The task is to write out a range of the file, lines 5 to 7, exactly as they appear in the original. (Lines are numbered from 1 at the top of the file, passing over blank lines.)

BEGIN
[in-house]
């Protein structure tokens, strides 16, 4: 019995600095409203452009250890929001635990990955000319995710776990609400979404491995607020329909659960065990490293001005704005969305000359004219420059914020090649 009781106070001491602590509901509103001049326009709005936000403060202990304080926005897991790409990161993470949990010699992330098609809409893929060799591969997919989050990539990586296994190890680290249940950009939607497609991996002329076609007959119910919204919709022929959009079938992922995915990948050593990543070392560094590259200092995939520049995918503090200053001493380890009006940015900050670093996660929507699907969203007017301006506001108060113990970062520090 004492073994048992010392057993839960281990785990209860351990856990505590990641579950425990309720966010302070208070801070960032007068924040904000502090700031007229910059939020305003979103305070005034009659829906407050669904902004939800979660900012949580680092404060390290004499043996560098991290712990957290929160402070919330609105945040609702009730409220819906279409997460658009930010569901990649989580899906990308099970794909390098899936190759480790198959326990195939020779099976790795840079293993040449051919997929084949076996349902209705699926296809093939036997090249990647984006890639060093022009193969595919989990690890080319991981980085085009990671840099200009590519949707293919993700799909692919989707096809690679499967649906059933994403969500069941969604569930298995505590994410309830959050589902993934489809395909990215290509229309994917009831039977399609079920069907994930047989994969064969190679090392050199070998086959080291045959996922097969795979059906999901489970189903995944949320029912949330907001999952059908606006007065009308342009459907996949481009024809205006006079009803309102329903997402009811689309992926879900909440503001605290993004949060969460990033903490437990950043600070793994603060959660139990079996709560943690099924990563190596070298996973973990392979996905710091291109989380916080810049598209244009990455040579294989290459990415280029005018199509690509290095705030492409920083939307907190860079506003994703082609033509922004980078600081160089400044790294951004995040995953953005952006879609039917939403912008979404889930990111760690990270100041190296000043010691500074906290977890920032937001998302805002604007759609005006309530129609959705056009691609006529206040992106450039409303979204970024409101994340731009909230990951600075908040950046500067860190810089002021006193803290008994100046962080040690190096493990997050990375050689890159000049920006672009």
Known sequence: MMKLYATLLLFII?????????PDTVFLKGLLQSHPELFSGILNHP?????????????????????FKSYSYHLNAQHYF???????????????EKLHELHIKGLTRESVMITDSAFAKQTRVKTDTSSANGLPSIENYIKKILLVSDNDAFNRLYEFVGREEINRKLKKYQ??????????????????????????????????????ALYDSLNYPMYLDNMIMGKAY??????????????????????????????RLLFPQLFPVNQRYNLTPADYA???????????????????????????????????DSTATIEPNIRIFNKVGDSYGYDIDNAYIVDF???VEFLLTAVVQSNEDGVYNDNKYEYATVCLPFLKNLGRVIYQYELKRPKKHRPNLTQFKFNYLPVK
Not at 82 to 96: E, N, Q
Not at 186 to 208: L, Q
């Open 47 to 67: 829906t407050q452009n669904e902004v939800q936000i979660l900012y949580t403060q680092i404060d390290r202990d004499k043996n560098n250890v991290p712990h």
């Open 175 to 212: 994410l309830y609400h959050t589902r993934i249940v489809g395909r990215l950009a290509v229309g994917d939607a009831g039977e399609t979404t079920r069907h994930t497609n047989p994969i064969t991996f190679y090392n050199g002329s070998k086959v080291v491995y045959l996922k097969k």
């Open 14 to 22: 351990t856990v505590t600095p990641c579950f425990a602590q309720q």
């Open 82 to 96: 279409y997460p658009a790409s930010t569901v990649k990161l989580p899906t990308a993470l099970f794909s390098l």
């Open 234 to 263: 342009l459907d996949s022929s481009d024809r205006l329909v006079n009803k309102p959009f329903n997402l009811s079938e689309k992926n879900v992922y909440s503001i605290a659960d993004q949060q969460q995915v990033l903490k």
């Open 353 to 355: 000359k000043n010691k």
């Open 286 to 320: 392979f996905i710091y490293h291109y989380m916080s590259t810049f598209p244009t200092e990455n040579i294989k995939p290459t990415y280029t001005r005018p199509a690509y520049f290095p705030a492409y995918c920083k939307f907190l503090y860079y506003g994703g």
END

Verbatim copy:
Not at 186 to 208: L, Q
């Open 47 to 67: 829906t407050q452009n669904e902004v939800q936000i979660l900012y949580t403060q680092i404060d390290r202990d004499k043996n560098n250890v991290p712990h």
């Open 175 to 212: 994410l309830y609400h959050t589902r993934i249940v489809g395909r990215l950009a290509v229309g994917d939607a009831g039977e399609t979404t079920r069907h994930t497609n047989p994969i064969t991996f190679y090392n050199g002329s070998k086959v080291v491995y045959l996922k097969k």